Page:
"It's voluntary," Austan Goolsbee, who served as the chief economist for the President's Economic Recovery Advisory Board, told ProPublica. "If you don't trust the government, you don't have to do it."

Goolsbee has written in favor of the idea and published the estimate of $2 billion in saved preparation costs in a 2006 paper that also said return-free "could significantly reduce the time lag in resolving disputes and accelerate the time to receive a refund."

Other advocates point out that the IRS would be doing essentially the same work it does now. The agency would simply share its tax calculation before a taxpayer files rather than afterward when it checks a return.

"When you make an appointment for a car to get serviced, the service history is all there. Since the IRS already has all that info anyway, it's not a big challenge to put it in a format where we could see it," said Paul Caron, a tax professor at University of Cincinnati College of Law. "For a big slice of the population, that's 100 percent of what's on their tax return."

Taxpayers would have three options when they receive a pre-filled return: accept it as is; make adjustments, say to filing status or income; or reject it and file a return by other means.

"I've been shocked as a tax person and citizen that this hasn't happened by now," Caron said.

Some conservative activists have sided with Intuit.

In 2005, Norquist testified before the President's Advisory Panel on Federal Tax Reform arguing against return-free filing. The next year, Norquist and others wrote in a letter to President Bush that getting an official-looking "bill" from the IRS could be "extremely intimidating, particularly for seniors, low-income and non-English speaking citizens."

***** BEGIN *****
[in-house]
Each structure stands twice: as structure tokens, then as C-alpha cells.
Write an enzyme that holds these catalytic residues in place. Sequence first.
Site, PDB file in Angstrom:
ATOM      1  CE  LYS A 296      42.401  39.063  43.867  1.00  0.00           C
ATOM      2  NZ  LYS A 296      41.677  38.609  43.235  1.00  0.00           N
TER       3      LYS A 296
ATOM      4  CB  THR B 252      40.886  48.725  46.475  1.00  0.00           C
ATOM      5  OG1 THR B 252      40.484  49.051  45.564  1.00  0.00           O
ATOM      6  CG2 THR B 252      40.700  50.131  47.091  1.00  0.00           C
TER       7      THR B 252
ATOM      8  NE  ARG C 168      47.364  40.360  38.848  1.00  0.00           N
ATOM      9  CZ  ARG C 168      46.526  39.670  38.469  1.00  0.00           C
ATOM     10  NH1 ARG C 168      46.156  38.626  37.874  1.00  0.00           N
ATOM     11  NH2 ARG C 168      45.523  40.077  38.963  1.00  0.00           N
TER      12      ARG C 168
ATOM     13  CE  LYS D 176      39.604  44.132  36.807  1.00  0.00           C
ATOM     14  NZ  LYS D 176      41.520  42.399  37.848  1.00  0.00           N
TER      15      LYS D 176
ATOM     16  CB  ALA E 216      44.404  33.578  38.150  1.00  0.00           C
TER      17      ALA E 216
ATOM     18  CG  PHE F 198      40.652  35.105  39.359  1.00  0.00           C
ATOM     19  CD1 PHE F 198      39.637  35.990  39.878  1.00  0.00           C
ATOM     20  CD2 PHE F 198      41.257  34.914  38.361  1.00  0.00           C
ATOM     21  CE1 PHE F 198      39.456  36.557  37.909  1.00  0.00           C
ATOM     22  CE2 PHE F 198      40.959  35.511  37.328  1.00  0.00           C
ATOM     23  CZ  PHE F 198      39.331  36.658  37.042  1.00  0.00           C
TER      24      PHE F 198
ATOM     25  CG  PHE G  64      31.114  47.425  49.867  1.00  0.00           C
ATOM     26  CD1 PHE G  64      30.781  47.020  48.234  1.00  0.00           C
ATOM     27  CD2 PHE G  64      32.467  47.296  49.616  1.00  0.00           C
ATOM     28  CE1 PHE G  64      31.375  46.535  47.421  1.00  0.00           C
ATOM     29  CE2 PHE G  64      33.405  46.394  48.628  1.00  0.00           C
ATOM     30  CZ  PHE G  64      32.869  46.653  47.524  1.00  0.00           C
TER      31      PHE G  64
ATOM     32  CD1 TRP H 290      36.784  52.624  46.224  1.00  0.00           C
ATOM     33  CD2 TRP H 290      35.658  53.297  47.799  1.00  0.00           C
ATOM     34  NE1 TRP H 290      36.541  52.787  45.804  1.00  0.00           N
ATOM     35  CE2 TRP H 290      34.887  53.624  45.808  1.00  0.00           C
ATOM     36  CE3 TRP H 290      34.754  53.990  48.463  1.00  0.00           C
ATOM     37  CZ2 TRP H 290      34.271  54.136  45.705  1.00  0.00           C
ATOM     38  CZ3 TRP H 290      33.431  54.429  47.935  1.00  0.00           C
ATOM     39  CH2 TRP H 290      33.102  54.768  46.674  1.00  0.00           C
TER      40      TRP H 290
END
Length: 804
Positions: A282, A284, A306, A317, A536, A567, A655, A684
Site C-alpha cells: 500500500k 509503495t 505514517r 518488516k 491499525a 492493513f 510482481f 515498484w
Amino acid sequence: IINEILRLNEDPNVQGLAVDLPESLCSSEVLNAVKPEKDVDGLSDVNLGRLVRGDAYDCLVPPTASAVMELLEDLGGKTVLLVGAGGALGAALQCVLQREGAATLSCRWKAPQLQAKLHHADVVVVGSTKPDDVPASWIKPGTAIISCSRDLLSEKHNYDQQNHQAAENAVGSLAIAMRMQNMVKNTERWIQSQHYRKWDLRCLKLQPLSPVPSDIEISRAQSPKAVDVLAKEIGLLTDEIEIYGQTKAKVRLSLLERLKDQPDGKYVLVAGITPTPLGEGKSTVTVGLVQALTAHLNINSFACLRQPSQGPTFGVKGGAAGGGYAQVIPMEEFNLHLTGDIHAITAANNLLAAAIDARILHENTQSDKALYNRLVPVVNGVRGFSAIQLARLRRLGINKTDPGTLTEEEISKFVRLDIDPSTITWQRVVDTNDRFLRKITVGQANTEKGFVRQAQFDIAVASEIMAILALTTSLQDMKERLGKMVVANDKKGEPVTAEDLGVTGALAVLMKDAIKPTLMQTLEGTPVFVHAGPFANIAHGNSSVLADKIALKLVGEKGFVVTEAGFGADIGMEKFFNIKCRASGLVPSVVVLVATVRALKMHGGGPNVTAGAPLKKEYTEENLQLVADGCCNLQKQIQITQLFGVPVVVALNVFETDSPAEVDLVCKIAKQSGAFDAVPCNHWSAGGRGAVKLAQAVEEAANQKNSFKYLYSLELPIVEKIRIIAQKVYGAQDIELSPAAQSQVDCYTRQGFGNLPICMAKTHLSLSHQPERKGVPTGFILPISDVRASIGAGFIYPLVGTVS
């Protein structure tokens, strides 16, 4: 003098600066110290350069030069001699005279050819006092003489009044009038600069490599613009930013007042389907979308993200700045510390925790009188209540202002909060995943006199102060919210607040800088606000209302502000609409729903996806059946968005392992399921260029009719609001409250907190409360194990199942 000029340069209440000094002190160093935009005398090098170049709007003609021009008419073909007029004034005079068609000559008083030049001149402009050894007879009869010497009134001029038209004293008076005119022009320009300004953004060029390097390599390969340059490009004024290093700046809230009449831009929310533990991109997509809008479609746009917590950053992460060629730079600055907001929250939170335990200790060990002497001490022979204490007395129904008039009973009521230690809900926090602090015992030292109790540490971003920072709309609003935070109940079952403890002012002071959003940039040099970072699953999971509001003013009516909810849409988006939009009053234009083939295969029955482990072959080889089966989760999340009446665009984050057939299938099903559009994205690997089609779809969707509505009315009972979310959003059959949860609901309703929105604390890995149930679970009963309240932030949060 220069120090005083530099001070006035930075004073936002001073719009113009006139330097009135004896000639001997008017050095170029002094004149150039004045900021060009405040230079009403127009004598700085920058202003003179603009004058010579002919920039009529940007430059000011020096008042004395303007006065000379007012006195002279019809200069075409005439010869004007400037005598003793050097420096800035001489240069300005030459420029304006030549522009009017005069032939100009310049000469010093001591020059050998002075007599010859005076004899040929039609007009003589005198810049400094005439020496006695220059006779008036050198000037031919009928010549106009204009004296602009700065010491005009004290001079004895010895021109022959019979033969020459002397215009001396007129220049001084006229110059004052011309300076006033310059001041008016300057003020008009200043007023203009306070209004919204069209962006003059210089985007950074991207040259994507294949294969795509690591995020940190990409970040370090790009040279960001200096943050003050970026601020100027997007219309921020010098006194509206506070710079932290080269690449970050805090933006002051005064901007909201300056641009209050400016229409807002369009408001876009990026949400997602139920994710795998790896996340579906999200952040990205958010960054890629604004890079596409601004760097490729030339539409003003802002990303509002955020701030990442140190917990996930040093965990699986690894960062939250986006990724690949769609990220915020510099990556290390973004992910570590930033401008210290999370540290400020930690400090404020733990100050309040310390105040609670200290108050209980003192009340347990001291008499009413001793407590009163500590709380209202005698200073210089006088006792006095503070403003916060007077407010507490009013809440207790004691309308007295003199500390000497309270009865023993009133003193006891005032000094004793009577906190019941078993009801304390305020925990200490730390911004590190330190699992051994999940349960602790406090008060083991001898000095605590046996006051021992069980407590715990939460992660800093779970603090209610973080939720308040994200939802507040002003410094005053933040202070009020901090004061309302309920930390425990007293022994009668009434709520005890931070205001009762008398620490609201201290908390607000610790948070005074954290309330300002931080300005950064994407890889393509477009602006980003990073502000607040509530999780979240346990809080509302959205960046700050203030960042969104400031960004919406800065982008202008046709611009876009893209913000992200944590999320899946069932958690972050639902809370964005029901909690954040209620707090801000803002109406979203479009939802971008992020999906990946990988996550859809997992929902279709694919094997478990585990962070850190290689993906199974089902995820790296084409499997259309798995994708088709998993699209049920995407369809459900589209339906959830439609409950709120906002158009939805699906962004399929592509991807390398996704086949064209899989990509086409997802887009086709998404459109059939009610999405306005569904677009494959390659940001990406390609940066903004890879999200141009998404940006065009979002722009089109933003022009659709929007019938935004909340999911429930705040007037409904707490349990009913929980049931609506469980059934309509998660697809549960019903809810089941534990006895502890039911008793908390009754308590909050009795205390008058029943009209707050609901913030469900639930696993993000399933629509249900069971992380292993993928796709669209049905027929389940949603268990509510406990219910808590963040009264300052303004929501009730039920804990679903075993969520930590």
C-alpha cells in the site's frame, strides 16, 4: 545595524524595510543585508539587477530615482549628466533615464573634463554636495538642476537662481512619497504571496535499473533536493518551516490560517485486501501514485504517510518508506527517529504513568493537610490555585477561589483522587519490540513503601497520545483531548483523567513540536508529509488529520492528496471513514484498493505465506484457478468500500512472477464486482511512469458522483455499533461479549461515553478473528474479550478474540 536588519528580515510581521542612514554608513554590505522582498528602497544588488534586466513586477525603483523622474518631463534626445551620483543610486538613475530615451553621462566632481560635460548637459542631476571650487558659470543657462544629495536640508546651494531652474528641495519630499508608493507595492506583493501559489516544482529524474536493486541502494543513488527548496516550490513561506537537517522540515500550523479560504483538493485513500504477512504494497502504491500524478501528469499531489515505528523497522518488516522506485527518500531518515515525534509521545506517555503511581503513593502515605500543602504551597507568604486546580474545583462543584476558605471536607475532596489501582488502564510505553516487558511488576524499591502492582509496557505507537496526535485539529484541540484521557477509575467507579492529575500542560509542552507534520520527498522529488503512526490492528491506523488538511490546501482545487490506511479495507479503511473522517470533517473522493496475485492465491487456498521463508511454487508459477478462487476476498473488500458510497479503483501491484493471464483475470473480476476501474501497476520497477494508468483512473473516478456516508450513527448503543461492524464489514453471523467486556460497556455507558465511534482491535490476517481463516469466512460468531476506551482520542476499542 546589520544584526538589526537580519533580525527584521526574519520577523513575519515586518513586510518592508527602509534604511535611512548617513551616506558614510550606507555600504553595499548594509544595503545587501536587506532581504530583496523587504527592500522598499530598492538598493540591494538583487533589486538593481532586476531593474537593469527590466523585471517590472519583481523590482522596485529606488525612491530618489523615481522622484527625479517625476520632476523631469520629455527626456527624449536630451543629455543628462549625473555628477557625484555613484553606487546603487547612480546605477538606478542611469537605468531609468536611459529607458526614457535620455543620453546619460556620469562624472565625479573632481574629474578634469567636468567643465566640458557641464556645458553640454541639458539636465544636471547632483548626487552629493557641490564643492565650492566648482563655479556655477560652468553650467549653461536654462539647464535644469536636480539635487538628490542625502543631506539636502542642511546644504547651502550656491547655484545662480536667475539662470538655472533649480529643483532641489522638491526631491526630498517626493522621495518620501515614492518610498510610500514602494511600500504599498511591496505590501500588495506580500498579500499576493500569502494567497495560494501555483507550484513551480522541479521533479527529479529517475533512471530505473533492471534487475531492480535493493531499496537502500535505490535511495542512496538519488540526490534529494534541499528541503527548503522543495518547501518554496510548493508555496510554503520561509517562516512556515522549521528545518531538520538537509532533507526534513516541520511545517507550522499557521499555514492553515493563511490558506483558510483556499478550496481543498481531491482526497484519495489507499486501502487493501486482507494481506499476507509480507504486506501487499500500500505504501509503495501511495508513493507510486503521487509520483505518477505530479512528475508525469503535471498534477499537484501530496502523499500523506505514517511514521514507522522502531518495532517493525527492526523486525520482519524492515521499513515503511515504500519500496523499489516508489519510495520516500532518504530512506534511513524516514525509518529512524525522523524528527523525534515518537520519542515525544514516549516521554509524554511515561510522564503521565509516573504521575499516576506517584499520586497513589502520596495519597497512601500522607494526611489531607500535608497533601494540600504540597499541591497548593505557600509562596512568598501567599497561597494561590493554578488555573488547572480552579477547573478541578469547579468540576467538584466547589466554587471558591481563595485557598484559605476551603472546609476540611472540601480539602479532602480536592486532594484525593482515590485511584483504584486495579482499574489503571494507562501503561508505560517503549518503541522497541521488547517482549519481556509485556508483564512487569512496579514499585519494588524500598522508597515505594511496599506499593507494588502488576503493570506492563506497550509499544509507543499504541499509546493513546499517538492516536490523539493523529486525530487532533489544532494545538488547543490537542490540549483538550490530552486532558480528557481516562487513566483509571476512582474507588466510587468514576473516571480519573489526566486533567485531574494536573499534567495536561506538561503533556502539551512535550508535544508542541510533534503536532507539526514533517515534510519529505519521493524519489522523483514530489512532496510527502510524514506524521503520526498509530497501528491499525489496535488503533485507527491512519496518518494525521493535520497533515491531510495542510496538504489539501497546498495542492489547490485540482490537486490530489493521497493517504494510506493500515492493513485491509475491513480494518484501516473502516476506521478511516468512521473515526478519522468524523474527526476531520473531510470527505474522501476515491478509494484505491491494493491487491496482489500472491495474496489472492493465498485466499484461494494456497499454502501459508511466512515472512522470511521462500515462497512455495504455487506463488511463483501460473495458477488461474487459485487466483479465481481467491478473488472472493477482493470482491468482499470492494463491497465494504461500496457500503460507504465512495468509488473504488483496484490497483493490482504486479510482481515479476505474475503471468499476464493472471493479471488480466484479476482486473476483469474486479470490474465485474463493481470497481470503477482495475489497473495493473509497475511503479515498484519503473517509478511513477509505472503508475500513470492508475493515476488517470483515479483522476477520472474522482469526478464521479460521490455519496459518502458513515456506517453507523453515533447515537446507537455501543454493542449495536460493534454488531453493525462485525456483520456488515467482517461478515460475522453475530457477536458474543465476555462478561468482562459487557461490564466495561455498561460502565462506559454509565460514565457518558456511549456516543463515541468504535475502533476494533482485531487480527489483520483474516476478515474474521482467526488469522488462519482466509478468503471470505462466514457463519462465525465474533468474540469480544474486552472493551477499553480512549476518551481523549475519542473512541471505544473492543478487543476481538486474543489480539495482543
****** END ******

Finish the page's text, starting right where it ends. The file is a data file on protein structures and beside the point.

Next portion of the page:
Norquist, founder of Americans for Tax Reform, declined to comment, but a spokesman pointed to a letter he and other conservatives sent this month to members of Congress. The letter says the IRS wants to "socialize all tax preparation in America" to get higher tax revenues.

A year after Norquist wrote Bush, a bill to limit return-free filing was introduced by a pair of unlikely allies: Reps. Eric Cantor (R-Va.), the conservative House majority leader, and Zoe Lofgren (D-Calif.), a liberal stalwart whose district includes Silicon Valley.

Intuit's political committee and employees have contributed to both. Cantor and his leadership PAC have received $26,100 in the past five years from the company's PAC and employees. In the last two years, the Intuit PAC and employees donated $26,000 to Lofgren.

A spokeswoman said in an email that Cantor "doesn't believe the IRS should be in the business of filling out your tax returns for you," and that the bill was designed to "prevent the IRS from circumventing Congress."

Lofgren did not respond to requests for comment.

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Intuit did not issue public statements on the return-free filing bills, but CCIA President Ed Black has called return-free filing "brilliantly Machiavellian." When Sens. Ron Wyden (D-Ore.) and Dan Coats (R-Ind.) introduced a bipartisan tax reform bill in 2011 that included a return-free plan called "Easyfile," Norquist blasted it.

"The clear goal of this measure is to raise taxes in a way that leaves politicians with clean hands," he wrote in a letter to the two senators.

Political opposition hasn't been the only hurdle. Supporters say return-free filing has been overshadowed in a tax debate that has focused more on rates, deductions, and deficits.

Further, return-free filing would not be available to everyone. It's best for the slice of taxpayers with straightforward returns who don't itemize or claim various credits.

Still, past studies estimate that this group might include 40 percent of filers or more; the IRS expects to process 147 million individual returns this year.